Saturday, September 3, 2011

Ballad of the Highwayman and the Quickly Vanishing Swashbuckler

My new book--which I'm planning to bring out by Christmas!--is called Ballad of the Highwayman. It's a book set in the 1600s, during the reign of Charles II. One of my characters will be on soon to tell you more about the actual story, but today, I am going to tell you a little bit about my reasons behind writing it, besides the fact that I love to write this kind of story.

For anyone who has seen the new Pirates of the Caribbean movie, (a smack in the face to those people who thought Braveheart was inaccurate) you know that the traditional swashbuckler is fast going out of style if it has not already flown out the window and crashed. What was wrong with Errol Flynn? You can't even have pirates anymore without them having "magical powers"; nor can you have a pirate movie without plot lines surrounding annoying women who can't make up their mind (not to name names, of course.) It's like Twilight tried to be a swashbuckler and died in it's sleep. (Did I just say that out loud? o_0) Anyway, you get my point. Plot lines like that are fine with vampires if you like that kind of thing, but pirates shouldn't have to endure that. It's cruel.

There was nothing wrong with actors like Errol Flynn, Basil Rathbone and Robert Taylor who played in the good old-fashioned swashbucklers. Pirates and Highwaymen have always been in style, and I think that the majority of people still like them traditional. Mixing genres like that is never a good idea. Like if someone decided to mix western with sci-fi (again, not to name names ;) Or if someone decided to mess up the super hero movies. I mean, come on, do you want to see Captain America fall in love with a vampire? I don't.

So that brings us up nicely to why I wrote this book. As I saw fit to add more Scottish books to the world, I also saw it fit to bring back the traditional adventure/romance/swashbuckler (all wonderful genres together) Something like Dumas or Rafael Sabatini. Their books were very popular in their day. No magic, just plain old men. What is wrong with men who can use a sword because they have trained all their lives? Like everyone's favorite Spaniard bent on revenge from The Princess Bride (Another shining example of a good swashbuckler). I mean, come on. Even Tolkien, the greatest fantasy writer of all time, let his characters fight! If he didn't:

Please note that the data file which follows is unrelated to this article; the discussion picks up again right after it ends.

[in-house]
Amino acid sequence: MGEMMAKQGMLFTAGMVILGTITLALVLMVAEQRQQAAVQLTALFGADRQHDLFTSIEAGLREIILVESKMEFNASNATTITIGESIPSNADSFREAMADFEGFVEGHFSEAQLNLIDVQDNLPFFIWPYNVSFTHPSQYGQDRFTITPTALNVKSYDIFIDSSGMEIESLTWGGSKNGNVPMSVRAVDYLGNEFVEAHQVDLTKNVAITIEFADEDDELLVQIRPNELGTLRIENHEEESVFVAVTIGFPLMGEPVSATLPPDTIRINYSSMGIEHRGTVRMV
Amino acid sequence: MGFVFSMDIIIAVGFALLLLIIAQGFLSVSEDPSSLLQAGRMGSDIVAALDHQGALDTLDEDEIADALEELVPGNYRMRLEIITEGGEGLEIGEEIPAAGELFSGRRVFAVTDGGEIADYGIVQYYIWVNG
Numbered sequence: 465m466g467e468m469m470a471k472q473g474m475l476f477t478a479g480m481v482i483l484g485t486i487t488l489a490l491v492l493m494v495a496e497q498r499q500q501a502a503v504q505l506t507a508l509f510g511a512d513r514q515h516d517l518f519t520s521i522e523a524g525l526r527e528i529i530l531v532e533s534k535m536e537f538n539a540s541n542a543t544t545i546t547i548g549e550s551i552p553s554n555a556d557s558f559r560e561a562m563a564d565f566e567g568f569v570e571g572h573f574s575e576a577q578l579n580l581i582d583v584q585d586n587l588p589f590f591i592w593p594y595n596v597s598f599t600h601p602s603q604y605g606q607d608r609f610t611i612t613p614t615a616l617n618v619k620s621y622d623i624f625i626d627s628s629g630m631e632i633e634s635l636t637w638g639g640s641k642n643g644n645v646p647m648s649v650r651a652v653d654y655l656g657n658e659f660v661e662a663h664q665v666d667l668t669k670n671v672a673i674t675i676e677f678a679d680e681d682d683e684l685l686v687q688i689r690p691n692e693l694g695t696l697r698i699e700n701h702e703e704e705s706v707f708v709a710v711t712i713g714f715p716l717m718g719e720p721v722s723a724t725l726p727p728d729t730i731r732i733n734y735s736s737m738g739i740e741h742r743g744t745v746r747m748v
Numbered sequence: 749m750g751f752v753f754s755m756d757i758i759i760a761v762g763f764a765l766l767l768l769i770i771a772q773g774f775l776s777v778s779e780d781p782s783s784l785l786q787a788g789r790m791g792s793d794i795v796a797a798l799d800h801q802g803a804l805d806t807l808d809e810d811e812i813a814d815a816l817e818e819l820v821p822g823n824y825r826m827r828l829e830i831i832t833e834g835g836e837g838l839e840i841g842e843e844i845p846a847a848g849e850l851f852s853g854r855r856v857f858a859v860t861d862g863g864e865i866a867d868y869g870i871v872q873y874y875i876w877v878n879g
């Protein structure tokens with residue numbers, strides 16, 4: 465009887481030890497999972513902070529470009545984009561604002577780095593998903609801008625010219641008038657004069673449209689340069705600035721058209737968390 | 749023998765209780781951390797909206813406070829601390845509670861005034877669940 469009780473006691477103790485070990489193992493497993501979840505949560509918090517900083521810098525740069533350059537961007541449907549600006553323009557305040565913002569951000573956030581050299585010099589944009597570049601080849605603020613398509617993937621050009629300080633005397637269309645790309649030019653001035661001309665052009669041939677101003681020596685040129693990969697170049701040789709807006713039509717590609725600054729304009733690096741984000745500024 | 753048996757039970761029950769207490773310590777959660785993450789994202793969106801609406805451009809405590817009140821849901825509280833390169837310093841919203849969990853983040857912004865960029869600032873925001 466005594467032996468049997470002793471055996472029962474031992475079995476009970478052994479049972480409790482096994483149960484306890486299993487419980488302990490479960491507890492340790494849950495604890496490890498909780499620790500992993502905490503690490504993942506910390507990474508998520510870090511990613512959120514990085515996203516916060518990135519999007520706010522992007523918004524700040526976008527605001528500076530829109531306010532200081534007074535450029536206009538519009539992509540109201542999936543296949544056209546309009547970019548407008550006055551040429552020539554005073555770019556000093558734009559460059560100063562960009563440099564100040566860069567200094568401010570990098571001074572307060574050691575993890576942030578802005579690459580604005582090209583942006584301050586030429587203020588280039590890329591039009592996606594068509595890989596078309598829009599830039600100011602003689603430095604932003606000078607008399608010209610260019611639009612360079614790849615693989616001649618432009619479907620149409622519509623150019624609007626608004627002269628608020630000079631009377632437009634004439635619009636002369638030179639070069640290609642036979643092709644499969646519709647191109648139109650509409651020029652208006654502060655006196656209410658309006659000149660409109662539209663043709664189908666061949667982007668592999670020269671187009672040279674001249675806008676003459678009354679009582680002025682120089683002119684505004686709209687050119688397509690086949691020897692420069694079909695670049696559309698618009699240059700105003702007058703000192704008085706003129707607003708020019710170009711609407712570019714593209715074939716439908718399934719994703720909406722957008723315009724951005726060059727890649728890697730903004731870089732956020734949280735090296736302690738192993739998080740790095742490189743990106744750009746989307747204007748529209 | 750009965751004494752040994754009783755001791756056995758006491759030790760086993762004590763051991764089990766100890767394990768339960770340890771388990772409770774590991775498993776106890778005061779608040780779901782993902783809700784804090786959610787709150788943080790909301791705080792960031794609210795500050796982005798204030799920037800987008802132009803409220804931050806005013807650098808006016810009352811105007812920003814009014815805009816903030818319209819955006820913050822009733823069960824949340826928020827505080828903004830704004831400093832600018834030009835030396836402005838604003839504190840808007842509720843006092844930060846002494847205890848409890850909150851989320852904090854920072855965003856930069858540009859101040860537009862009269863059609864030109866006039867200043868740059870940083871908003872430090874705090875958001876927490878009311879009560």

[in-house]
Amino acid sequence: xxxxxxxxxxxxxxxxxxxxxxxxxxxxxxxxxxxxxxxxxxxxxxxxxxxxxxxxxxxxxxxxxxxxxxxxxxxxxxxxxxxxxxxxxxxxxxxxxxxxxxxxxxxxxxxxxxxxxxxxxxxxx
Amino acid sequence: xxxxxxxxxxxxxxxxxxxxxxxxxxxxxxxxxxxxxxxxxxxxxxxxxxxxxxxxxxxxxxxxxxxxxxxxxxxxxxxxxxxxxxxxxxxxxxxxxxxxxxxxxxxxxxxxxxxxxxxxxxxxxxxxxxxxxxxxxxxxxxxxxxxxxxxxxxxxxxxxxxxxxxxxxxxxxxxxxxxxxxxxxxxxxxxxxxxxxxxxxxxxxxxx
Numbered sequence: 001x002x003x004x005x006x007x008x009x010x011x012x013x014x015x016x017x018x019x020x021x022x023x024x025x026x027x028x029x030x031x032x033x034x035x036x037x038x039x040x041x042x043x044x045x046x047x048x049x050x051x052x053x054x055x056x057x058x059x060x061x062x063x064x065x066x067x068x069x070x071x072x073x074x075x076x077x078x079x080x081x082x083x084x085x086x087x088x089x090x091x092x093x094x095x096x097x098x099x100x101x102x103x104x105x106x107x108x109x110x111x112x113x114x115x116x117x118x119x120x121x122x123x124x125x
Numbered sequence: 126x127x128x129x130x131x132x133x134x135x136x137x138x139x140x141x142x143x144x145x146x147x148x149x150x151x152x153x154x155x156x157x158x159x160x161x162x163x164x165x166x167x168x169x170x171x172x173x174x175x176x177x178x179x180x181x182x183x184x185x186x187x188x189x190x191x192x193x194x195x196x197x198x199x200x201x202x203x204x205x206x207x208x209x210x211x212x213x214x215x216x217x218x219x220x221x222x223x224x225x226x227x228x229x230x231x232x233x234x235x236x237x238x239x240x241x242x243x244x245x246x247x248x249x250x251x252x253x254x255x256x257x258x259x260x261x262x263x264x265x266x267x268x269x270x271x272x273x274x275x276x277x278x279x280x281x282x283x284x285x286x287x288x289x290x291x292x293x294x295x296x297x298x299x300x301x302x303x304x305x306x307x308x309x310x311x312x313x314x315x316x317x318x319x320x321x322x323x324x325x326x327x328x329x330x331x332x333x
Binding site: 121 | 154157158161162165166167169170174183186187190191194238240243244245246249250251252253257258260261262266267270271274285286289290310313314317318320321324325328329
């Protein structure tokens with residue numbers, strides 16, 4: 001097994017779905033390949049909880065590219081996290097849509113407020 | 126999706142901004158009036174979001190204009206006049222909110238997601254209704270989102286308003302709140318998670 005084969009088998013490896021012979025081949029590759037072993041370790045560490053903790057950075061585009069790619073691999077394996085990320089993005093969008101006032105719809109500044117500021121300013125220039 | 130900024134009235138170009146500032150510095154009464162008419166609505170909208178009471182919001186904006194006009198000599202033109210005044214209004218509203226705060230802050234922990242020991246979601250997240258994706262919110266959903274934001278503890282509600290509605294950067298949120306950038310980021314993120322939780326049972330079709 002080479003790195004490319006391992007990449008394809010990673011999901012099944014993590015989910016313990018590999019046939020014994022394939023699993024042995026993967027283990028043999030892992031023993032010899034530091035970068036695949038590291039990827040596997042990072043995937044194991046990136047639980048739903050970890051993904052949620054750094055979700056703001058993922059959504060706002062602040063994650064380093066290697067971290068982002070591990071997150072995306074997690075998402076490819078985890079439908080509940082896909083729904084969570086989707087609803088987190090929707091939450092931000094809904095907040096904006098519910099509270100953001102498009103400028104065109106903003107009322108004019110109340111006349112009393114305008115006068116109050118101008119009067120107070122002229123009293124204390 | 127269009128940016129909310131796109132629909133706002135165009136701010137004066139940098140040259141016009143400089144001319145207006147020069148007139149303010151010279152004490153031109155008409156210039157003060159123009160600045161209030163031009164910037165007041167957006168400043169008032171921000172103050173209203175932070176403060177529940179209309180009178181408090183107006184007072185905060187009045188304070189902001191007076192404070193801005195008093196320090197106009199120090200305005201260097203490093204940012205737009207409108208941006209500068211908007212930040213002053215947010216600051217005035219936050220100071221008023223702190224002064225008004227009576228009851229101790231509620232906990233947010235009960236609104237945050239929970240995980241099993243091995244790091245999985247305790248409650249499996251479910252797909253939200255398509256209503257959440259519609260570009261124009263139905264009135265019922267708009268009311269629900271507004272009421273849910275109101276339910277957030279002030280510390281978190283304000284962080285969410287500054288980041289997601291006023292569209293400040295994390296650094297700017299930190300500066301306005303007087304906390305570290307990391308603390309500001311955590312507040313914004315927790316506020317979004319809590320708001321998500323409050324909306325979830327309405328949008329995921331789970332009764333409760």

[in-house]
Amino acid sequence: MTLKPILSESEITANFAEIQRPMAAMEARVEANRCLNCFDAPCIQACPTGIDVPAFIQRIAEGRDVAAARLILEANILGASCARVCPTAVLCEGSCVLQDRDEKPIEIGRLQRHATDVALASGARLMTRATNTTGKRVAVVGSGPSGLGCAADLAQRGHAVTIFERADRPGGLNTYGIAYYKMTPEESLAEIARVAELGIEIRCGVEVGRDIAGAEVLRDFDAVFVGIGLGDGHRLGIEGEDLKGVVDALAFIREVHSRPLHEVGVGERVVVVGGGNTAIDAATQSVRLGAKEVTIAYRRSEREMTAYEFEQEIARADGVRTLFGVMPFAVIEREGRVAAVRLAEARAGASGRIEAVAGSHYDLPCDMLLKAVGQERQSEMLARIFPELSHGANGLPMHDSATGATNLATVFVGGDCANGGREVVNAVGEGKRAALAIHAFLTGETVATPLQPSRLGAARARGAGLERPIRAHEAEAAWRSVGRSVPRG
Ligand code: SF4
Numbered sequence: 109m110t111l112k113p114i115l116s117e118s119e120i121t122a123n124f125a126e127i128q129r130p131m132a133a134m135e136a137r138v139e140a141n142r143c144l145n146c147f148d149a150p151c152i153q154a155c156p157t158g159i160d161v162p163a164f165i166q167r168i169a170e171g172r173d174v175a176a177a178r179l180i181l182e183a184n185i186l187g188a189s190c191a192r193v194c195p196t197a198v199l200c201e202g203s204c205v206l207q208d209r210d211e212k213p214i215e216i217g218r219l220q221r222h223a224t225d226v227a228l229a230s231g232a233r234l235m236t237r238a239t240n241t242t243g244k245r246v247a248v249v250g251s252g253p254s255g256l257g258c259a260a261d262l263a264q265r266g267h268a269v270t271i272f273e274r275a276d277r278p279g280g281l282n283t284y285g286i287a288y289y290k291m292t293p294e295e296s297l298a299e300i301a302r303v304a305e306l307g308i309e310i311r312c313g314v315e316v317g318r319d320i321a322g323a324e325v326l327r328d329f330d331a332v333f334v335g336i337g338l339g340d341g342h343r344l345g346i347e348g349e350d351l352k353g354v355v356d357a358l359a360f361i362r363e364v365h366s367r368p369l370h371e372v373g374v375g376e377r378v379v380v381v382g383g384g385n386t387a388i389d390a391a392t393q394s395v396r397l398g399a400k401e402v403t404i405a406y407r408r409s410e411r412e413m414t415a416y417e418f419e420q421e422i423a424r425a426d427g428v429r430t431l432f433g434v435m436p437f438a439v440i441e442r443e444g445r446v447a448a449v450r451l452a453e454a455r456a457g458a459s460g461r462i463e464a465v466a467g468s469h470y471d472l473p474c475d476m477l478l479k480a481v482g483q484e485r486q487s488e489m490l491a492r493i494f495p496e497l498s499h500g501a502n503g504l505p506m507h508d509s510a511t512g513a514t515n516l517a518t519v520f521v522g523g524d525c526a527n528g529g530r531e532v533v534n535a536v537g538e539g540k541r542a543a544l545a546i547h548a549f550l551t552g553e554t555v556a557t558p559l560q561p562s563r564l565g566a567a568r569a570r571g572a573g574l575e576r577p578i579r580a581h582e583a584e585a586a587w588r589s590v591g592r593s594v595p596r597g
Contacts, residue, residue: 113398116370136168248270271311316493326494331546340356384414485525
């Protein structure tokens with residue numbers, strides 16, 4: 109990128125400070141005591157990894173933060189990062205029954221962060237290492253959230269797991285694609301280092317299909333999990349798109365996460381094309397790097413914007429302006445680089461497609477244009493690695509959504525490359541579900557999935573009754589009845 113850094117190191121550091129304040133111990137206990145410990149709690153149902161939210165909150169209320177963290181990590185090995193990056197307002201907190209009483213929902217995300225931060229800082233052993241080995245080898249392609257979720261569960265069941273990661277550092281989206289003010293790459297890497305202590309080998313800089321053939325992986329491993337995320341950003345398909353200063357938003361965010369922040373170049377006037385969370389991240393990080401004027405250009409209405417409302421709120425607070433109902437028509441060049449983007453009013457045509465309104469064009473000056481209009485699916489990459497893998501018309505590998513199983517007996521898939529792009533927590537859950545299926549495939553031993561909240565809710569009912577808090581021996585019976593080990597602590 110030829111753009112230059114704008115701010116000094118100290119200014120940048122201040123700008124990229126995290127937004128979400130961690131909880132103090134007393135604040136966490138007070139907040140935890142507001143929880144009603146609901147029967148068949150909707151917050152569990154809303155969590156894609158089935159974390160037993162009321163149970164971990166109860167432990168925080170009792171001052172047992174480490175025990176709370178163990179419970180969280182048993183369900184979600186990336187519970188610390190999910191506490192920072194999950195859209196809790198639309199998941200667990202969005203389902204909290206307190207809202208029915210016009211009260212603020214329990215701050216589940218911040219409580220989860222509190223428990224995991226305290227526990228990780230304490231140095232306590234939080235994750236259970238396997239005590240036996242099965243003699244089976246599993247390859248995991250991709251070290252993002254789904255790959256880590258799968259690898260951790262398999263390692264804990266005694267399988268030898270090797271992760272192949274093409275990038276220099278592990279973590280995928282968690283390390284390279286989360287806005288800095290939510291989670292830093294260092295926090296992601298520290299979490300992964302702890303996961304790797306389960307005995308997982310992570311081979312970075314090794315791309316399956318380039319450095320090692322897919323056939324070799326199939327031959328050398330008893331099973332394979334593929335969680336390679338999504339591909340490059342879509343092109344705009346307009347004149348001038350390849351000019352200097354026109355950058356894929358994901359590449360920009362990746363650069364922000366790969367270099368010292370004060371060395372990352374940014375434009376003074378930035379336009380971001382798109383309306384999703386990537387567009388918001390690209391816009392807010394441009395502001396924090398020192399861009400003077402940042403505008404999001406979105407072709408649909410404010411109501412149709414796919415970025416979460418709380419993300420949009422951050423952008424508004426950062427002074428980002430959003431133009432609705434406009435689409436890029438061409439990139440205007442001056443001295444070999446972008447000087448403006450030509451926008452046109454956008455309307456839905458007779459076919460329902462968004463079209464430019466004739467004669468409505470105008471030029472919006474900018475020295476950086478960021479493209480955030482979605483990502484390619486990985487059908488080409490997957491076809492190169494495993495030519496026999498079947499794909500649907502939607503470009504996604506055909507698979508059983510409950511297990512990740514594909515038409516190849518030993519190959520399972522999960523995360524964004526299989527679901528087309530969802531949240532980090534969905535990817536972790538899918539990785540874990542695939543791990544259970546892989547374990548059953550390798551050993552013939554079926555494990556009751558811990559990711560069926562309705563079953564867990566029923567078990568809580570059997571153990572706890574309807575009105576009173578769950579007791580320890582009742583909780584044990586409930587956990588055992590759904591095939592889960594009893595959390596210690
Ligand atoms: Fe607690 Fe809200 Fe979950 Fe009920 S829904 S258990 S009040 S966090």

Aragorn: What do you mean I can't use my sword? What kind of book is this anyway?

Tolkien: Sorry, it's a fantasy.

Aragorn: Well, I quit!

This is how you loose characters, my dear writers/authors!

And yes, this is officially a rant, there will most likely be more on this blog, so get used to it! But I mean no disrespect to anyone/thing I "almost" mentioned, if that is what you like. I am only lamenting the loss of the traditional swashbuckler. If you do too, come see a preview of Ballad of the Highwayman here at

Tell me what you think! And leave feedback there too, if you could. :)

I'll be back again soon, so please comment, and again, don't let my characters get in your way.

Slainte, Hazel


  1. That's right, writers, don't make your characters do anything they don't want to. That spells the death of a good novel!

  2. Oh, I do love a good rant, Hazel. And I have seen everything you "almost" mentioned. I do agree with you. We need more good swashbucklers in this world!

    ~Sam Pepys

  3. And let us not forget the horrible plots with wishy-washy girls. Bleh!!!


  4. scarletblade, you do realize that is why I usually only put one female character in my book?

  5. It does simplify things, doesn't it? But then you have all the lads after you...

  6. Too true, there is nothing like a good old-fashioned adventure novel with a grain or two of romance thrown in for good measure. We do get away from that sort of thing these days. By the way, I've been proofing this Ballad of the Highwayman book and it is awesome. You'll love it.